Medical Marvel: 'I Was Dead for 25 Minutes'
updated 04/18/2011 AT 01:00 AM EDT
•originally published 04/18/2011 AT 01:00 AM EDT
There are several ways to "freeze" a patient, from applying gel pads filled with cold water to the torso and legs (as doctors did with Moore) to injecting a cooled saline solution into the veins. Doctors aren't exactly sure how it works but believe it slows the body's metabolism-delaying brain damage that usually occurs within minutes of cardiac arrest-and speeds the healing process. "It gives us tremendous hope for patients who until recently were mostly doomed," says Dr. Lance Becker, director of the University of Pennsylvania's Center for Resuscitation Science.
A healthy mother of two, Moore has no memory of her near-fatal day or most of the days and weeks before or after. Her husband, Jacob, 32, a retail store manager, remembers every terrifying detail. "Amy's coworker called and said, 'Amy's passed out and isn't breathing,' " he says. "I freaked out." He jumped into his car, crying the entire way to the hospital. He later watched as doctors began cooling his wife. "It was the scariest," he says. "Her skin turned blue. Her face swelled up. She was ice-cold."
Just 24 hours later, doctors started to reverse the process. After they brought Moore's temperature back to normal, they told Jacob to help nurses shake Moore and yell every four hours to wake her. After one agonizing week of being kept alive with a ventilator and feeding tube, "Amy opened her eyes," Jacob says, "and she was there."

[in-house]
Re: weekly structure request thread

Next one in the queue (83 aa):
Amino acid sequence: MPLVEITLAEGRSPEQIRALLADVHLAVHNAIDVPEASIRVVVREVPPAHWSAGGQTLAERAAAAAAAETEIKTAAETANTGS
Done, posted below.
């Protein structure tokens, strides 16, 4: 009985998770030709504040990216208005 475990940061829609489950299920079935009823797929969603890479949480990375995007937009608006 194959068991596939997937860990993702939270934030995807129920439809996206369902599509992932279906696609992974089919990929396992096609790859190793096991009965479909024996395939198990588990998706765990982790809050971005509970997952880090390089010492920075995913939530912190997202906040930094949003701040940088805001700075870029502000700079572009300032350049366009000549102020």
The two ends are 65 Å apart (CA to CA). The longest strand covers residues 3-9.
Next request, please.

Moore's doctors still don't know what caused her heart to stop beating, so they installed an internal defibrillator to regulate her heartbeat. By the time she left the hospital two weeks after being admitted, she was able to speak, eat and walk on her own. But there was a lot she had to relearn-like where their son Chase's school is located and how to cook their favorite meals. "It was so frustrating," she says.
Still, things are getting back to normal, and every day she gives a little thanks. "My kids almost had to live without me," she says. "Now I appreciate things in life that I took for granted."